It’s both hard and easy to imagine how the tsunami wreaked such havoc on this pristine beach. The waves crack at the sand like a whip, despite the smooth seas and light breeze that comes from the shore. The sea is immense, an undulating blue carpet, glittering with the sun; the horizon flat and far away.
I stand knee deep in the foamy waves. The first wave is gentle. It lulls me to believe I can wade in deeper. But each wave rises higher than the next, starting gently and then ending with a crash that soaks my shorts and the hem of my t-shirt. I’m being pulled in, lured to get wet and play, and warned at the same time: keep back!
I read on Wikipedia that between 4000 and 10,000 people from this area, some of them tourists, died here in the Tsunami of Boxing Day 2004. This is the area that was hit the hardest. Nowadays they have better precautions: there’s a tsunami evacuation building that looks quite sturdy about 5 minutes bike ride from our homestay, though I wonder how many people it can actually fit and how long in advance there will be a warning. Apparently there could be as much as two hours, which means that there should be time to get to higher ground if you can hitch a ride. There are signs on the way to the beach, reminding you that this is a tsunami hazard area and there’s a tall tower which says “warning tower” nearby.
When we return to the place we are staying at, I look up pictures and a film taken during the tsunami here. It’s terrifying to see how the tourist who filmed it is so blasé at first, but slowly seems to realize that this breaking wave is quite unusual. Even so, he seems to be filming for quite a long time, while I am willing him to get out of there already. When he sees a fishing boat capsize, he and his wife begin to run. You see the red of his swimsuit and later the green of the trees and the electricity wires above him, and hear his panicked voice as he runs. I say to myself – he must have survived, because he posted this video online… After a run of about 5 minutes, you see the devastation below.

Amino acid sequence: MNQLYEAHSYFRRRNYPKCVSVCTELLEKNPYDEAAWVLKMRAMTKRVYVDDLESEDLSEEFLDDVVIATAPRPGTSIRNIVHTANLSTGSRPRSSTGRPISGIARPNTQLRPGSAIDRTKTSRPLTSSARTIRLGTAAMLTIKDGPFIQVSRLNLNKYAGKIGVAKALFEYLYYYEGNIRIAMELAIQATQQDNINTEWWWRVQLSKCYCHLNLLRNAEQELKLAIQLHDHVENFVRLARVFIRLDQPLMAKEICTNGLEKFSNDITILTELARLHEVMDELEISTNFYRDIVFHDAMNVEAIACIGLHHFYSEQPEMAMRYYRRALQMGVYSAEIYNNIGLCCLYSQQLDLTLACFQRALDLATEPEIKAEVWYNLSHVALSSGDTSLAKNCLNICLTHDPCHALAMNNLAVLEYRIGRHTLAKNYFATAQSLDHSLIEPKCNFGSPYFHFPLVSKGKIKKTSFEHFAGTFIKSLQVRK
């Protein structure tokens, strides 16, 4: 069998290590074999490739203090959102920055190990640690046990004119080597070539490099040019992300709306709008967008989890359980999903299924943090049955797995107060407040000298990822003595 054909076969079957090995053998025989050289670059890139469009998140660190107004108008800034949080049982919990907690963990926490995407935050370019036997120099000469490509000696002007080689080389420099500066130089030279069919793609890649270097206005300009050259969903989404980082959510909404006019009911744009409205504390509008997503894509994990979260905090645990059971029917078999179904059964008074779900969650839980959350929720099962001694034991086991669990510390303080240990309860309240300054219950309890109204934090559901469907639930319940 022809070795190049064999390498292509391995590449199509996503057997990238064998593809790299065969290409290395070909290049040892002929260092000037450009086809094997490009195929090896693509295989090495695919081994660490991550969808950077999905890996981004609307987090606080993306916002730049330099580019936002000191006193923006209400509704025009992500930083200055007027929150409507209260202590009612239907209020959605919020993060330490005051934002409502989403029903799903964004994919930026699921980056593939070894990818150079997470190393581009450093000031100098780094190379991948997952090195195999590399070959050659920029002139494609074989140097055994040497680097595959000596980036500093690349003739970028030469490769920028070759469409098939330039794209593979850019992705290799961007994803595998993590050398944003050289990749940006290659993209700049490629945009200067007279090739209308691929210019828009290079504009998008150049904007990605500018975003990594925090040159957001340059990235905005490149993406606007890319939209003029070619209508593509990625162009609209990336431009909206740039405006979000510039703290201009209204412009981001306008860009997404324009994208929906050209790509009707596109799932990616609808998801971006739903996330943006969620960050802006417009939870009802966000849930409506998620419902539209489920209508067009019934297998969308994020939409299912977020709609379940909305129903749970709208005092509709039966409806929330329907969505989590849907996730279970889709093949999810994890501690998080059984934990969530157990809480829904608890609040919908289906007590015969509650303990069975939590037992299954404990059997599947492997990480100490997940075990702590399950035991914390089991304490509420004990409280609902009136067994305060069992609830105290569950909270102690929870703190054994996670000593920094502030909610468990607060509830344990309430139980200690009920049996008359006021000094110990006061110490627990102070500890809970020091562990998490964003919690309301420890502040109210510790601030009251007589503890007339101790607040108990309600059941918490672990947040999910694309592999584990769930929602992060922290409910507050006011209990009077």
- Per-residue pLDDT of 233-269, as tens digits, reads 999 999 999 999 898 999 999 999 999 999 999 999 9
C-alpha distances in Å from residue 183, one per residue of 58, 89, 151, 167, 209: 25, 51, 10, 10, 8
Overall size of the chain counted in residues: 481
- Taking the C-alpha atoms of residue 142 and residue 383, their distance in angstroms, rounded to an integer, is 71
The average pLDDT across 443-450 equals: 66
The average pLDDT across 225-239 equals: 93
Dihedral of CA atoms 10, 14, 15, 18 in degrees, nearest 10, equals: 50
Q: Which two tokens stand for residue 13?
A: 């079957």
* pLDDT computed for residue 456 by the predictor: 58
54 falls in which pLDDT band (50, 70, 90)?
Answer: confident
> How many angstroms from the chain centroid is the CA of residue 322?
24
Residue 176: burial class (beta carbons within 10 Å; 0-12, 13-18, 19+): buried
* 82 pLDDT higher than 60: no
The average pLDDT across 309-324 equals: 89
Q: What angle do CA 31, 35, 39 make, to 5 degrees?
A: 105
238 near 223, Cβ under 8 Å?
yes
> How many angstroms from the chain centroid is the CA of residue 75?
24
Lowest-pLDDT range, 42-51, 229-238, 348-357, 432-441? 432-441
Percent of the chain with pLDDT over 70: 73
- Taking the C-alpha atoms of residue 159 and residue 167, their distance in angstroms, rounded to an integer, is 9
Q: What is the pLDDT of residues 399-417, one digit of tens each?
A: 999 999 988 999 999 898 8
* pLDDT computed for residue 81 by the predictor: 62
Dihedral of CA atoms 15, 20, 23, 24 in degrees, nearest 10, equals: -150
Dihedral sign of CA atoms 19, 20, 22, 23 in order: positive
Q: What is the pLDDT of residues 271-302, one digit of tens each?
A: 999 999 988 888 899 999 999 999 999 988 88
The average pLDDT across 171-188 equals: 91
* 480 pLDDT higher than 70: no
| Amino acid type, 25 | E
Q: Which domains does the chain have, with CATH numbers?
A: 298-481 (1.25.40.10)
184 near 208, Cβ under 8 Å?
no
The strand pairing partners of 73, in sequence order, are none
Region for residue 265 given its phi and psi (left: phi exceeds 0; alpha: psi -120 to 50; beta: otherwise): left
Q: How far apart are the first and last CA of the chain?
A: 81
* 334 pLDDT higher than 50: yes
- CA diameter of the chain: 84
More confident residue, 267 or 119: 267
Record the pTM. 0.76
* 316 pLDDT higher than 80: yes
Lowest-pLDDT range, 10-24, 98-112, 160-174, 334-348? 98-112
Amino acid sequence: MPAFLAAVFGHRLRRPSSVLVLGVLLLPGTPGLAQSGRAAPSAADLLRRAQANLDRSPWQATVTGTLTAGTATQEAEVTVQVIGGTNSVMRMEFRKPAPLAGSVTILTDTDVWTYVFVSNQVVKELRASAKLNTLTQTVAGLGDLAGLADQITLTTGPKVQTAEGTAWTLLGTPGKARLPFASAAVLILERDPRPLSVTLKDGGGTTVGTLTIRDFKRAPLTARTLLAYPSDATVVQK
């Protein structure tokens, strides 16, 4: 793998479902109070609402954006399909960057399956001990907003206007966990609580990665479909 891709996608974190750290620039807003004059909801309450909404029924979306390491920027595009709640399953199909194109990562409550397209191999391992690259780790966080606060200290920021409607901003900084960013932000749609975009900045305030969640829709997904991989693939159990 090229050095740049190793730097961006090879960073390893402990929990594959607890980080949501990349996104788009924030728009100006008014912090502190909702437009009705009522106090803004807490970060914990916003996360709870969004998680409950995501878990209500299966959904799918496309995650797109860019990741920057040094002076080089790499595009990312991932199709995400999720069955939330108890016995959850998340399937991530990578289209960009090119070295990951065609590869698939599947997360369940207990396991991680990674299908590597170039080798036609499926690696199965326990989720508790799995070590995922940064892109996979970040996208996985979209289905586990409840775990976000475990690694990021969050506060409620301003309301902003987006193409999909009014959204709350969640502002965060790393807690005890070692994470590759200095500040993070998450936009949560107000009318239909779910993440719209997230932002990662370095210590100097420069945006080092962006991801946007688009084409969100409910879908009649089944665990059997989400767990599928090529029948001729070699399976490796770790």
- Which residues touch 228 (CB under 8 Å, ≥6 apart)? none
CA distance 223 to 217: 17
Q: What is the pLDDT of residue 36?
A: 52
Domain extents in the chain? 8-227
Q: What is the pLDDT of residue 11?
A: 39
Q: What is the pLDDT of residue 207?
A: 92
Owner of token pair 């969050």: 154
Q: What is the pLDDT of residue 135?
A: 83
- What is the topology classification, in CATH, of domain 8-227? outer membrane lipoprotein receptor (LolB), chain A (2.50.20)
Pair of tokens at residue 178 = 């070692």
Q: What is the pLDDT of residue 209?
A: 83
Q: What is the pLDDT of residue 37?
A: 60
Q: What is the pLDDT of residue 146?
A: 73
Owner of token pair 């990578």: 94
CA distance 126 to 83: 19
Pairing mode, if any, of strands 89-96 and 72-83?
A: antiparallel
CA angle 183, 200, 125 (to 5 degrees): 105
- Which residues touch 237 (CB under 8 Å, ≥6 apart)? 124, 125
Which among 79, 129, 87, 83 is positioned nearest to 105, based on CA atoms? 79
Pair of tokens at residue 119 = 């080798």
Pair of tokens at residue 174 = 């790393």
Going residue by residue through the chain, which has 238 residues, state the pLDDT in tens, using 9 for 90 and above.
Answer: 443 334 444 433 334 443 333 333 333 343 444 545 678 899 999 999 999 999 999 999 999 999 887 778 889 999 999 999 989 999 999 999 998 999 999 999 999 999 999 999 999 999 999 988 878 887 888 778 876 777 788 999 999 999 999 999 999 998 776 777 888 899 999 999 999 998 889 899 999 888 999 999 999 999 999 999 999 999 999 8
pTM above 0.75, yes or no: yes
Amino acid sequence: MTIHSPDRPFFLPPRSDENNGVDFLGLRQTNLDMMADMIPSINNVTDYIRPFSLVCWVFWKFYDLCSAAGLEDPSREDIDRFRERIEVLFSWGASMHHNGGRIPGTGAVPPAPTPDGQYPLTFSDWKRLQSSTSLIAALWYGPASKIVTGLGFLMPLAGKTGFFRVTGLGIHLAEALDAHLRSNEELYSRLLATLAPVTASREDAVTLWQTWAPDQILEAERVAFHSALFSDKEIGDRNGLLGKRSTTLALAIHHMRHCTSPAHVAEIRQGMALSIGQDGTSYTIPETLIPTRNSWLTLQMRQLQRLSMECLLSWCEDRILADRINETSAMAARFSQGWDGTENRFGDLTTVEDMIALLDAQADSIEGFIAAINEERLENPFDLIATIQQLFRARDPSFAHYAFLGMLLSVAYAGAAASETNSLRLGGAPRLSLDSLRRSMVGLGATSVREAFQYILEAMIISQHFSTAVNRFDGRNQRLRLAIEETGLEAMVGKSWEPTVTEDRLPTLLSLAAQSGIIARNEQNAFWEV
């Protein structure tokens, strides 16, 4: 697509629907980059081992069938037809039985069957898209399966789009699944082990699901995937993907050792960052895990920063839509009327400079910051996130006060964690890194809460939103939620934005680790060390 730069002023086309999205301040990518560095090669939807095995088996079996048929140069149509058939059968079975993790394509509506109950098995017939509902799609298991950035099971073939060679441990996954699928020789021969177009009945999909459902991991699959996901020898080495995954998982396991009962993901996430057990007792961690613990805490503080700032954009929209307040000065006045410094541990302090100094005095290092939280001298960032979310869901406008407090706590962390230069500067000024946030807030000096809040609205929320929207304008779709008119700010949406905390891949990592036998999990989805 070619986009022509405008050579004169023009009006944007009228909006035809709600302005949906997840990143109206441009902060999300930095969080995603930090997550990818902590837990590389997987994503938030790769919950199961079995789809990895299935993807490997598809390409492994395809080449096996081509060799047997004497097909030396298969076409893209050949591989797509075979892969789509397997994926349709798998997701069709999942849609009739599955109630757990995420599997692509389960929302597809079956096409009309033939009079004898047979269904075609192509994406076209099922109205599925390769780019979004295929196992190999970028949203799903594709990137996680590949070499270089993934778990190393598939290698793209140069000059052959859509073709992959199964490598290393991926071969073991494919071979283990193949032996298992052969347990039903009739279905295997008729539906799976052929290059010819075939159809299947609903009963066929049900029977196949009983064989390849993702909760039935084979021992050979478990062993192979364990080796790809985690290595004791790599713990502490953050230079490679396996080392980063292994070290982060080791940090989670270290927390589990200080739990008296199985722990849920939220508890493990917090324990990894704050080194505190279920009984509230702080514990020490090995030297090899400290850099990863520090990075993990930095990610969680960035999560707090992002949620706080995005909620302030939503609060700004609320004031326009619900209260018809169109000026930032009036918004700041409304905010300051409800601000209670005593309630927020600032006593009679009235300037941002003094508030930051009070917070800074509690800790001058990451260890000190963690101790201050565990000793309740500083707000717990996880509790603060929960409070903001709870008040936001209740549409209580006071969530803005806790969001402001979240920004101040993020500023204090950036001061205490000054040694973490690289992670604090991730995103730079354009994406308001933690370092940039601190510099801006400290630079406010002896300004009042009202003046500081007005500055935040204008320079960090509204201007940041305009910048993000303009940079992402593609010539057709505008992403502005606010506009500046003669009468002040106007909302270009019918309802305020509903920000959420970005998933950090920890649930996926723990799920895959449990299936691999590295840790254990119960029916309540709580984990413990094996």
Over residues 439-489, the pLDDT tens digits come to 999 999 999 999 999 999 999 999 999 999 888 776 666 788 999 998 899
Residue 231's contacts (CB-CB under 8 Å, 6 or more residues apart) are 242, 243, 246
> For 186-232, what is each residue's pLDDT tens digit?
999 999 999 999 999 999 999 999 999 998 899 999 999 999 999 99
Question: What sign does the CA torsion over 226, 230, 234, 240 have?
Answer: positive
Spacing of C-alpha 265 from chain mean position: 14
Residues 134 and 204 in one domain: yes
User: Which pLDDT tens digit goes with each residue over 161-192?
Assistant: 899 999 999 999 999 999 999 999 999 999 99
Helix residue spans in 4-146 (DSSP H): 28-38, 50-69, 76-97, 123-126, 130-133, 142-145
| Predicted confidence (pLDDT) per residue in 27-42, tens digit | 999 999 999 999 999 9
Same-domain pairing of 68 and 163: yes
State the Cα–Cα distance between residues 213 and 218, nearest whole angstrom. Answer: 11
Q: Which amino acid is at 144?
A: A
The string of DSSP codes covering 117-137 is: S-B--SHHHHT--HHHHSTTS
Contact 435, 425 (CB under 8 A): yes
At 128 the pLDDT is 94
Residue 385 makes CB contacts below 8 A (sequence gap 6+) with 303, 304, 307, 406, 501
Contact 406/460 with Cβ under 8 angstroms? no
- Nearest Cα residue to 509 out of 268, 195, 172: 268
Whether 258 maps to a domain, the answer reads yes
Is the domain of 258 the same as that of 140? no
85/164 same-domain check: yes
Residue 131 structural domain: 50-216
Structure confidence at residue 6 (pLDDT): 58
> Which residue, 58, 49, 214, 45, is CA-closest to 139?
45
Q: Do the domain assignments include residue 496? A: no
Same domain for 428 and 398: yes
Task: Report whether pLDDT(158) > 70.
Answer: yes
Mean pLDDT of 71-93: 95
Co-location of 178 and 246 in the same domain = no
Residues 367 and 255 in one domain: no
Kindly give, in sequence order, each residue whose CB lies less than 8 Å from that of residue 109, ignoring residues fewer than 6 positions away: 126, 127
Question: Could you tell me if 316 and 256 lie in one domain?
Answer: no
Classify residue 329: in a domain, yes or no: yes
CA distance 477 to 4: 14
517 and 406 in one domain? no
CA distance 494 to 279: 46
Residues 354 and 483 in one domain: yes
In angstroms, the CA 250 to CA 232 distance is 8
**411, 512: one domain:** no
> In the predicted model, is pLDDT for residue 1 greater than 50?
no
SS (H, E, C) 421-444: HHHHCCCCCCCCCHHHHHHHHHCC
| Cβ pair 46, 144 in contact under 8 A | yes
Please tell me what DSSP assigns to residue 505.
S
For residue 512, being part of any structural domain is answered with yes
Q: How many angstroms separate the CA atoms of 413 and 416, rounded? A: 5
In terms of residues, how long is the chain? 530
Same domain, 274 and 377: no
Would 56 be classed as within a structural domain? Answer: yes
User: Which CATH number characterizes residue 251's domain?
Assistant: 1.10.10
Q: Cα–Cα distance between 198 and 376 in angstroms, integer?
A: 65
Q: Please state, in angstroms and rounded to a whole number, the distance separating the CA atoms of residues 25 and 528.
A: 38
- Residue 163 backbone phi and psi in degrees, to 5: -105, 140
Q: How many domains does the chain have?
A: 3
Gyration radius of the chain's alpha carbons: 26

The beach at Khao Yak “Thai Life” resort is virtually empty today. The resort, though newly built and attractive, echoes like a ghost town, the pools outside each villa glisten boldly but the seaside shaded massage beds are bereft of tourists. The staff here outnumber the visitors at least five to one.
The waitresses are happy to make us drinks. I order a butterfly pea and lime honey shake after asking what it actually is. She shows me a handful of dried purple flowers that have a delicate scent. The drinks arrive in big Mason jars and are tasty and refreshing. Theo has an Orange Bliss smoothie which makes him very joyful. We take the time to photograph them, along with the small shells we’ve collected from the beach. We shoot the pictures with the sea and beach in the background, comparing his photos to mine, until we decide which photo we deem the best.
One thought on “Tsunami Warning at Khao Lak”
Beautiful photos; beautiful place. Looking forward to a safe visit myself some day.